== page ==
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A Forgotten Anniversary

Posted By Charles Bybelezer On August 24, 2011 @ 12:04 am In Afternoon Edition,Daily Mailer,FrontPage | 1 Comment

Last week in Israel began with a forgotten anniversary and ended in bloodshed, the indiscriminate murder of at least 8 civilians in a three-pronged terrorist attack near Eilat, followed by an escalation of rocket fire into Israeli population centers, which killed one and injured many more, emanating from the Hamas-controlled Gaza Strip.

Amdist the chaos, the anniversary in question has understandably been relegated to the status of an afterthought. However, to contextualize the ongoing destruction of Jewish life being perpetrated by terrorist factions in Gaza requires taking a deeper look at the connection between unfolding events and those of years past.

Exactly six years ago last week, Israel’s disengagement from Gaza began.

On the eve of the Disengagement Plan’s implementation, then-Israeli Prime Minister Ariel Sharon addressed the nation: “Citizens of Israel, the day has arrived. We are beginning the most difficult and painful step of all—evacuating our communities from the Gaza Strip and Northern Samaria.”

The next morning, some 14,000 IDF soldiers and police officers began the task of forcibly evicting the approximately 4,500 “settlers” and 4,000 activists remaining in Gaza, where clashes broke out between civilians and security forces in what can aptly be described as one of the most traumatic events in modern Jewish history.

But aside from Jews fighting against Jews, the disengagement from Gaza has primarily become defined by the ensuing emergence of Hamas, both politically and militarily.

The story of Hamas’ coming-of-age is well-known. Following Israel’s withdrawal, and largely at the behest of Washington, elections were held in Gaza in 2006. Despite warnings from Israel that elections could empower the then-floundering Hamas, the White House ignored Israel’s allegations. The consequence was the “democratic” election of a terrorist group dedicated to liberating “Palestine” from the “Mediterranean to the Jordan River.”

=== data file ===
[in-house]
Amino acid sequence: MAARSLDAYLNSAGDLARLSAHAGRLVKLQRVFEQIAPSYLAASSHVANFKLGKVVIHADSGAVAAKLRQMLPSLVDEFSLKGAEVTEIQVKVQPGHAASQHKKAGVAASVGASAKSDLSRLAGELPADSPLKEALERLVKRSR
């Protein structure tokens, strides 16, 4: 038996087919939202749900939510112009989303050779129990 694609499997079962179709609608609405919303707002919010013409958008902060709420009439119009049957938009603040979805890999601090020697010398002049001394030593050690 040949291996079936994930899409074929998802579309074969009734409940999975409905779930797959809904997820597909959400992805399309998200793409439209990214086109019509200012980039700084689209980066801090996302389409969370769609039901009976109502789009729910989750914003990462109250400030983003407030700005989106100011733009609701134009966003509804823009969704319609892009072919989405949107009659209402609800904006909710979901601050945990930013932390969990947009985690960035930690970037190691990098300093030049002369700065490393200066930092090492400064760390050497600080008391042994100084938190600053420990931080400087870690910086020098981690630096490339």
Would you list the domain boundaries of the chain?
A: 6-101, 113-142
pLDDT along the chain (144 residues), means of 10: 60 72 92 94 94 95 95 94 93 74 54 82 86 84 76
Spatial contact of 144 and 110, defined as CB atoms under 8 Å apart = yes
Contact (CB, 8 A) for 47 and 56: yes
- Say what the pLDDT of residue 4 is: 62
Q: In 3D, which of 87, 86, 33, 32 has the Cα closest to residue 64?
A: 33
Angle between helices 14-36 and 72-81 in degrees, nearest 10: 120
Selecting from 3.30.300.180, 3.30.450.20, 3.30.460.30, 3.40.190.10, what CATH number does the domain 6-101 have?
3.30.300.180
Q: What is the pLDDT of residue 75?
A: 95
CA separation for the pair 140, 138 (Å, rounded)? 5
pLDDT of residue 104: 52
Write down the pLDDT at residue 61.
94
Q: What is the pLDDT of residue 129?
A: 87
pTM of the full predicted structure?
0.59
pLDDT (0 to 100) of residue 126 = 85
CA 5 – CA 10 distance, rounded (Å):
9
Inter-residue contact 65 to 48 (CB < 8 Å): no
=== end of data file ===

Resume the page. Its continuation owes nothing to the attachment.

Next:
Following Hamas’ political empowerment came its 2007 civil war waged against another terrorist faction, the Palestinian Authority, leading to the PA’s banishment to the West Bank.

If the PA’s terrorist sympathies were ever in doubt, consider its response to last Thursday’s attack on Israel: in the words of Israeli Prime Minister Binyamin Netanyahu’s spokesman Mark Regev, the Palestinian silence was “deafening.”

Once Israel began its retaliatory campaign, however, Palestinian representatives mysteriously regained their powers of speech: First, chief Palestinian negotiator Saeb Erekat warned Israel against “any irresponsible action” in the Gaza Strip (it is already well-known that the PA considers as irresponsible the dismantling or elimination of terrorist infrastructure, as it has still not satisfied this fundamental criterion of the Oslo Accords). Palestinian Authority President Mahmoud Abbas, ignoring the slaughter of Israeli civilians, called for an emergency meeting of the UN Security Council to discuss “halting Israeli aggression” on the Gaza Strip. Palestinian Prime Minister Salam Fayyad issued a statement asserting that Israel’s “rogue behavior must end.” Nimer Hammad, a senior adviser to Abbas, accused Israel of perpetrating “war crimes” against the Palestinians. Mohammed Subh, the PA envoy to the Arab League alleged that “Israel is preparing for war to distract attention from the Palestinian Authority’s plan for September.”